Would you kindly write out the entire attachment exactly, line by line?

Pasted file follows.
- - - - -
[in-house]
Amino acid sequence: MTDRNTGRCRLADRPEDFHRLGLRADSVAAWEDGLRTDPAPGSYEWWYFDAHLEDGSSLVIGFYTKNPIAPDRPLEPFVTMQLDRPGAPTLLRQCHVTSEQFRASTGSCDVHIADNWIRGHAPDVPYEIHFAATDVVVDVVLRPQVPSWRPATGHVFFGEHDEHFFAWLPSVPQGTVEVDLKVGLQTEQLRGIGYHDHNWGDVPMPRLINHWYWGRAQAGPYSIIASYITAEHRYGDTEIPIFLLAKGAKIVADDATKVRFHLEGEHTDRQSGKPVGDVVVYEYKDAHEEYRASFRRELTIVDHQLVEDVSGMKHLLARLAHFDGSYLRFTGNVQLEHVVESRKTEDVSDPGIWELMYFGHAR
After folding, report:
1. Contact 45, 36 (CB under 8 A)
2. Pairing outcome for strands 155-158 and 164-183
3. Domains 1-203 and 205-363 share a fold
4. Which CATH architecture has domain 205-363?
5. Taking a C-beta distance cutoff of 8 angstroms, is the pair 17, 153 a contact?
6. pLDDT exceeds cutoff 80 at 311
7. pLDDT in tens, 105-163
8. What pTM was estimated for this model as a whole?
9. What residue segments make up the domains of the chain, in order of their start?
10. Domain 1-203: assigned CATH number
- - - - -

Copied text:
[in-house]
Amino acid sequence: MTDRNTGRCRLADRPEDFHRLGLRADSVAAWEDGLRTDPAPGSYEWWYFDAHLEDGSSLVIGFYTKNPIAPDRPLEPFVTMQLDRPGAPTLLRQCHVTSEQFRASTGSCDVHIADNWIRGHAPDVPYEIHFAATDVVVDVVLRPQVPSWRPATGHVFFGEHDEHFFAWLPSVPQGTVEVDLKVGLQTEQLRGIGYHDHNWGDVPMPRLINHWYWGRAQAGPYSIIASYITAEHRYGDTEIPIFLLAKGAKIVADDATKVRFHLEGEHTDRQSGKPVGDVVVYEYKDAHEEYRASFRRELTIVDHQLVEDVSGMKHLLARLAHFDGSYLRFTGNVQLEHVVESRKTEDVSDPGIWELMYFGHAR
After folding, report:
1. Contact 45, 36 (CB under 8 A)
2. Pairing outcome for strands 155-158 and 164-183
3. Domains 1-203 and 205-363 share a fold
4. Which CATH architecture has domain 205-363?
5. Taking a C-beta distance cutoff of 8 angstroms, is the pair 17, 153 a contact?
6. pLDDT exceeds cutoff 80 at 311
7. pLDDT in tens, 105-163
8. What pTM was estimated for this model as a whole?
9. What residue segments make up the domains of the chain, in order of their start?
10. Domain 1-203: assigned CATH number